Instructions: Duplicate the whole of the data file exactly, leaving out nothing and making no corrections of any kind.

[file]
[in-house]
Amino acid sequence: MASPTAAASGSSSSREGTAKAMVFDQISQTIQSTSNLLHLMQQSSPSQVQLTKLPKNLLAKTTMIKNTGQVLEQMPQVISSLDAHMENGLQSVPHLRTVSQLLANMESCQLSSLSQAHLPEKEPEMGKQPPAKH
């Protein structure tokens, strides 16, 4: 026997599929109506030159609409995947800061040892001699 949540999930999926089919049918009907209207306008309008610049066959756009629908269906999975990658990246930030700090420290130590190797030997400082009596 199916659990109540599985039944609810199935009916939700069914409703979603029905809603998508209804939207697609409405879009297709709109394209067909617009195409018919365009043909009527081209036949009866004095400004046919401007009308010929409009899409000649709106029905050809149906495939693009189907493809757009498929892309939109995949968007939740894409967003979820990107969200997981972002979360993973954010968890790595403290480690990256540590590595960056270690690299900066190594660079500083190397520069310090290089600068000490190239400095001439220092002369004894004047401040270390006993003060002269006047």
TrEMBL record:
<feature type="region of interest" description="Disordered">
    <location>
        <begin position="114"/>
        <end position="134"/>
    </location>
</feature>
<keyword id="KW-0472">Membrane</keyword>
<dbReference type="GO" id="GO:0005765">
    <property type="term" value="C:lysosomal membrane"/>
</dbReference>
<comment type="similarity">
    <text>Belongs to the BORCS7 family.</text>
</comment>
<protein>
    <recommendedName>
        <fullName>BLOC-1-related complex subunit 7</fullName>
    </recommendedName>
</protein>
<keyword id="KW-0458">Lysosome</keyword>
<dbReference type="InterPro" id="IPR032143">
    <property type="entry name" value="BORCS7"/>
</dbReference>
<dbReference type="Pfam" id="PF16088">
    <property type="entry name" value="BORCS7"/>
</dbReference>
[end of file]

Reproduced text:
[in-house]
Amino acid sequence: MASPTAAASGSSSSREGTAKAMVFDQISQTIQSTSNLLHLMQQSSPSQVQLTKLPKNLLAKTTMIKNTGQVLEQMPQVISSLDAHMENGLQSVPHLRTVSQLLANMESCQLSSLSQAHLPEKEPEMGKQPPAKH
């Protein structure tokens, strides 16, 4: 026997599929109506030159609409995947800061040892001699 949540999930999926089919049918009907209207306008309008610049066959756009629908269906999975990658990246930030700090420290130590190797030997400082009596 199916659990109540599985039944609810199935009916939700069914409703979603029905809603998508209804939207697609409405879009297709709109394209067909617009195409018919365009043909009527081209036949009866004095400004046919401007009308010929409009899409000649709106029905050809149906495939693009189907493809757009498929892309939109995949968007939740894409967003979820990107969200997981972002979360993973954010968890790595403290480690990256540590590595960056270690690299900066190594660079500083190397520069310090290089600068000490190239400095001439220092002369004894004047401040270390006993003060002269006047």
TrEMBL record:
<feature type="region of interest" description="Disordered">
    <location>
        <begin position="114"/>
        <end position="134"/>
    </location>
</feature>
<keyword id="KW-0472">Membrane</keyword>
<dbReference type="GO" id="GO:0005765">
    <property type="term" value="C:lysosomal membrane"/>
</dbReference>
<comment type="similarity">
    <text>Belongs to the BORCS7 family.</text>
</comment>
<protein>
    <recommendedName>
        <fullName>BLOC-1-related complex subunit 7</fullName>
    </recommendedName>
</protein>
<keyword id="KW-0458">Lysosome</keyword>
<dbReference type="InterPro" id="IPR032143">
    <property type="entry name" value="BORCS7"/>
</dbReference>
<dbReference type="Pfam" id="PF16088">
    <property type="entry name" value="BORCS7"/>
</dbReference>